The trailer for “Annapoorani: The Goddess of Food” promised a joyous yet melodramatic story of upliftment in a south Indian temple city. A priest’s daughter participates in a cooking tournament, but social obstacles complicate her inevitable rise to the top. Annapoorani’s father, a Brahmin at the top of the caste ladder in Hindu society, does not want her to cook meat, a taboo in her lineage. There’s even a hint of a Hindu-Muslim romantic subplot.
On Thursday, two weeks after the film’s release, Netflix abruptly removed it from its platform. One activist, Ramesh Solanki, a self-described “very proud Hindu Indian nationalist,” had filed a complaint with the police arguing that the film was “intentionally published to hurt Hindu sentiments.” He said he was mocking Hinduism by “depicting our gods consuming non-vegetarian food”.
The production studio quickly responded with an abject letter to a right-wing group linked to Prime Minister Narendra Modi’s government, apologizing for having “hurt the religious sentiments of the Hindu and Brahmin community.” The film was soon removed from Netflix both in India and around the world, demonstrating the new power of Hindu nationalists to affect the way Indian society is represented on screen.
Nilesh Krishnaa, the film’s writer and director, tried to anticipate the possibility of offending some of his fellow Indians. Food, Brahminical customs and especially Hindu-Muslim relations are part of a third rail that has become more powerfully electrified during Modi’s decade in power. But Mr. Krishnaa said an indian newspaper in November, “if there was anything disturbing communal harmony in the film, the censor board would not have allowed it.”
With “Annapoorani,” Netflix seems to have done the censorship even when the censorship board didn’t. In other cases, Netflix now appears to be working with the board unofficially, although streaming services in India are not subject to regulations governing traditional Indian cinema.
For years, Netflix released unedited versions of Indian films with sensitive parts removed for their theatrical releases, including political messages that contradicted the government line. However, since last year, streaming versions of Indian movies match the locally censored versions, no matter where in the world they are watched.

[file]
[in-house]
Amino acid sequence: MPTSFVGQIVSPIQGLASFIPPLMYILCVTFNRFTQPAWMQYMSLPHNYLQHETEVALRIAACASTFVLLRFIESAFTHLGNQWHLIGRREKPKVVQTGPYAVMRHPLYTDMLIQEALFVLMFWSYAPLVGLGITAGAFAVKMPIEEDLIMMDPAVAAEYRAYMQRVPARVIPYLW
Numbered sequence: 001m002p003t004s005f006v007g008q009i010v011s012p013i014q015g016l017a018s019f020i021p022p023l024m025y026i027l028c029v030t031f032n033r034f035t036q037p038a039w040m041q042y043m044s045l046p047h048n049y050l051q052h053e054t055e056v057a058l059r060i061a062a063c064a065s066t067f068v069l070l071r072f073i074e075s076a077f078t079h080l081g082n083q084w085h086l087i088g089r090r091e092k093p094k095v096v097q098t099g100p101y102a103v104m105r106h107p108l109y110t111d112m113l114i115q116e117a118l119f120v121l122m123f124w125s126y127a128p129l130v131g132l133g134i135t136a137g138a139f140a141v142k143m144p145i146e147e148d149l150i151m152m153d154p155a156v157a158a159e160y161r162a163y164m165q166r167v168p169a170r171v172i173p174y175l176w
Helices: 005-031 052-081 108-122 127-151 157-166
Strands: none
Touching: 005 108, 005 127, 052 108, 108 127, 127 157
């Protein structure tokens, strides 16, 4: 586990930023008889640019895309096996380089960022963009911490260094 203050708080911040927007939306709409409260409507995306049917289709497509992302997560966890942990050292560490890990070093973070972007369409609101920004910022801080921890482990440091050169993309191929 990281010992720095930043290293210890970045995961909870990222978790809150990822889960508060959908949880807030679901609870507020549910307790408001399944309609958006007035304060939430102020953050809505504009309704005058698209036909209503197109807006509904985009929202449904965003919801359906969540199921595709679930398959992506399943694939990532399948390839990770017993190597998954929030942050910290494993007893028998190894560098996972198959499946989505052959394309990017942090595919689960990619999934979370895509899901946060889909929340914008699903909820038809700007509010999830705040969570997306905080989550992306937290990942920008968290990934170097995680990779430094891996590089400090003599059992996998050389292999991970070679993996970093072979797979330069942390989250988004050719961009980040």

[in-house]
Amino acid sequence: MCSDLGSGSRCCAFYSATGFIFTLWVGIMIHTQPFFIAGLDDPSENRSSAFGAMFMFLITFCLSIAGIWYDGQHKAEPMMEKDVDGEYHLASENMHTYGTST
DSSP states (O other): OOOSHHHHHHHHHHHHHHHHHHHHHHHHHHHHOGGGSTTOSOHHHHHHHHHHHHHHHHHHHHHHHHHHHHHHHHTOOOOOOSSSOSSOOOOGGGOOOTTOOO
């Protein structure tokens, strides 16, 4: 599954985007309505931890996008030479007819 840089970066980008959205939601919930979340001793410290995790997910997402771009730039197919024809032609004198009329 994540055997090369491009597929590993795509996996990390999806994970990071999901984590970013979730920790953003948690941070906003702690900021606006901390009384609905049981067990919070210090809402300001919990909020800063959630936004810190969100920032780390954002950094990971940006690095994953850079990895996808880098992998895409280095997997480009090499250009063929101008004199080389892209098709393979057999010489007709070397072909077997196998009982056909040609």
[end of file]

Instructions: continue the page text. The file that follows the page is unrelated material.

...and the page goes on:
Netflix officials in Mumbai did not immediately respond to requests for comment. But Reed Hastings, the founder of Netflix, has spoken publicly about similar policies in the past. In 2019, facing criticism for blocking a US show satirizing Saudi Arabia from Saudi viewers, Hastings told a DealBook conference: “We’re not trying to ‘truth to power.’ “We’re trying to make entertainment.”
The new complaints coming from within India affect foreign markets, far from the sparks that inspired them. A complaint like Mr. Solanki’s also affects viewers in parts of the country that have very different political and culinary preferences.
The popular culture of Tamil Nadu, the southern state where “Annapoorani” was made, has systematically taken aim at the caste system for almost a hundred years. State policy has been dedicated to overcoming Brahmin privilege for generations. And while most Hindus in Modi’s home state of Gujarat are vegetarians, nearly 98 percent of all Tamils are non-vegetarians.
As pressure from an emboldened Hindu right mounts on India’s streaming platforms, Indians making non-fiction films are also feeling the pressure. Some of the most lauded documentaries to emerge from India in recent years have taken subtle stances against Modi’s pro-Hindu politics, including “Writing With Fire” and “All That Breathes.”
Thom Powers, an American film festival programmer, said, “The trend in recent years is for Indian documentaries to first find an audience abroad.” Indians are more likely to find pirated versions than to find them streaming on commercial platforms. “While We Watched,” for example, cannot be found on any paid sites, but is shown for free on YouTube.
The Indian government is in the process of building a more powerful legal framework to regulate what its citizens can view online. In the meantime, streaming platforms should regulate themselves.
Netflix and other companies in its position have become increasingly familiar with right-wing campaigns against films deemed hurtful to the sentiments of Hindu communities; Burning tires and throwing stones in cinemas are the new norm. Instead of waiting for the protests to find their local venues, or for the state to protect them, many have tried to avoid offending.
Nikhil Pahwa, co-founder of the Internet Freedom Foundation, believes that streaming companies are willing to capitulate: “They are unlikely to oppose any kind of intimidation or censorship, although there is no law in India” that forces them. .